Author: Ron Graham
Many Christians are concerned to ensure that all they believe and do is approved and authorized by the Lord in scripture. In becoming a Christian, and in life and worship thereafter, the holy scriptures are the only rule of faith and practice.
Unfortunately what is “divinely authorised” can become unclear if people pay only lip-service to “going by the Bible” bending the scriptures to suit themselves, or drifting away from the principles (2Peter 3:15-18, 2Peter 4:2, Hebrews 2:1).
This lesson looks at two right ways and one wrong way to determine whether a thing is scriptural.
It is very easy to know whether a thing is scriptural to teach or do, when the scriptures directly say so. Many things are the subject of quite clear statements. Here are a few simple examples:
Those are just a few of dozens of examples of how we can be sure that we are believing, teaching, and obeying what comes from the Lord --when he gives us unequivocal statements and clear commandments.
We also draw some authority from what is implied by the statements of scripture. This form of authority must be regarded as the weaker and secondary form, because it relies to a degree on our own reasoning when we make inferences from what the scriptures say rather than just taking what they say in so many words. However, authority derived by implication should be regarded as valid when used with due care.
We may divide this form of authority into three sub-types:
There may be more implied in a statement of scripture than what is actually said in so many words.
A scriptural example can provide authority when it seems obvious that there was a command behind it and it is intended as a precedent for Christians in general.
There is a kind of inference that runs along these lines: If the teacher says, "Copy what is on the blackboard neatly into your exercise book" then she must want students who have blunt pencils to sharpen them first —even though she said nothing about sharpening pencils. By this reasoning, if God commands action A, and action B will help us expedite it, then we infer that action B is authorised by the command to do action A.
As an example, look again at the last two passages cited. To expedite and facilitate the gathering together, it may be necessary to hire or buy a meeting place. Since we have inferred that God wants Christians to gather, we also infer that he wants them to make arrangements for a meeting place. So, from the phrase "when you come together as a church" which says nothing about church buildings, we derive authority for having one!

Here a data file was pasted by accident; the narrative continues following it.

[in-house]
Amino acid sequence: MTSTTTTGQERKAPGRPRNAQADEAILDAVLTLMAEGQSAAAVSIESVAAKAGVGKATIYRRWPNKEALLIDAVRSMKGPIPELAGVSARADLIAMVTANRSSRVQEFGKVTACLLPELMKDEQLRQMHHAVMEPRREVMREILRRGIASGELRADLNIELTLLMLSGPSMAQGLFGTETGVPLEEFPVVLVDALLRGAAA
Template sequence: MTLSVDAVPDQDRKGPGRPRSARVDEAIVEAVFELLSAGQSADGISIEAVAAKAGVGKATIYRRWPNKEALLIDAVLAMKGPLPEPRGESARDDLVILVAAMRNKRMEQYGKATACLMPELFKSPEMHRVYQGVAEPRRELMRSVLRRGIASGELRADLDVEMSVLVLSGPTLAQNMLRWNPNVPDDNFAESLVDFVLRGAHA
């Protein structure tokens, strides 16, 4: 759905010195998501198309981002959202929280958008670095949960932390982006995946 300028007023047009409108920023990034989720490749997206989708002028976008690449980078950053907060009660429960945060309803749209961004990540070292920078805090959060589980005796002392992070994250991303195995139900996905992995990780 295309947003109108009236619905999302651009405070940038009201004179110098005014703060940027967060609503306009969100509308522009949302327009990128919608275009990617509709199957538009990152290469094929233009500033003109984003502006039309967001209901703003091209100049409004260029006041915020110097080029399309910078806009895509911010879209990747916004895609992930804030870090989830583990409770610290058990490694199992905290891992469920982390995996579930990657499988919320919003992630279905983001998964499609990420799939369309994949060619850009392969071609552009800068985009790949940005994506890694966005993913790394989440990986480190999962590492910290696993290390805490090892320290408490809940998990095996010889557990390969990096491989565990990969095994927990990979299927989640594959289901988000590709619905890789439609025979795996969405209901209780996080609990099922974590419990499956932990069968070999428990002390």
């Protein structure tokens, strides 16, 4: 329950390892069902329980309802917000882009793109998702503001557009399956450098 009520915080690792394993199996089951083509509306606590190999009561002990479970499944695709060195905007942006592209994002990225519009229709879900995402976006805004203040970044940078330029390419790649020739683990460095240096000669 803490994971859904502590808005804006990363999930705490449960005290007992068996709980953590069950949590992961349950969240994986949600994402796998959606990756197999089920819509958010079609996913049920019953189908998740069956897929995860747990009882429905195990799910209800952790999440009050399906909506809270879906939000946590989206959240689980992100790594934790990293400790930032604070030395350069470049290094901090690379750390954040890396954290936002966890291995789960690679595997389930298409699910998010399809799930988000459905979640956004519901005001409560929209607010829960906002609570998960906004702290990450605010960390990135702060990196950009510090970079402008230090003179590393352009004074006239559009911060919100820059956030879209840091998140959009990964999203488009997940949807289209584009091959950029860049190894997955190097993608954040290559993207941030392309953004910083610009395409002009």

It doesn't make common sense to regard something as authorized simply because the authority has not forbidden it. If you face a door with a sign on it saying Authorised Persons Only, can you say you are authorised to enter by that door because nobody has specifically told you not to?
Paul makes it clear that using the scripture’s silence as authority is not right. He looks at all the things that God has not forbidden or condemned, and this is the comment Paul makes: "All things are lawful, but not all things are profitable. All things are lawful, but not all things edify. Let no one seek his own good, but that of his neighbour" (1Corinthians 10:23-24).
Clearly there has to be more to something than "God doesn’t say not to" before we can treat it as something he approves of.
Some things God has spoken about. These are things which he has bidden us to believe and do, or forbidden us to believe and do. It is only in those things that we can claim to have divine authority. Some things God has not spoken about. These are things he has neither bidden nor forbidden. In those things we cannot claim to have divine authority.
Now of course we do not always need divine authority. If I am choosing whether to have a strawberry ice cream or a chocolate chip one, I don’t need God’s authority for what I choose. But if I am standing in God’s presence to worship him, or presenting myself as his minister, then I do need his authority for what I do and teach.
It isn’t good enough to say, "It’s nowhere forbidden". That is no authority at all. The point is: if it’s nowhere bidden, then, by that very silence, it is forbidden. Here are some examples:
We have looked at three common "grounds" of authority. Two of them (the direct statements of scripture, and what the scripture implies) are valid grounds. The third (what the scripture is silent upon) is not valid. Let’s conclude with this exhortation: "Try hard to make yourself approved unto God, a workman who does not need to be ashamed, rightly dividing the word of truth." (2Timothy 2:15).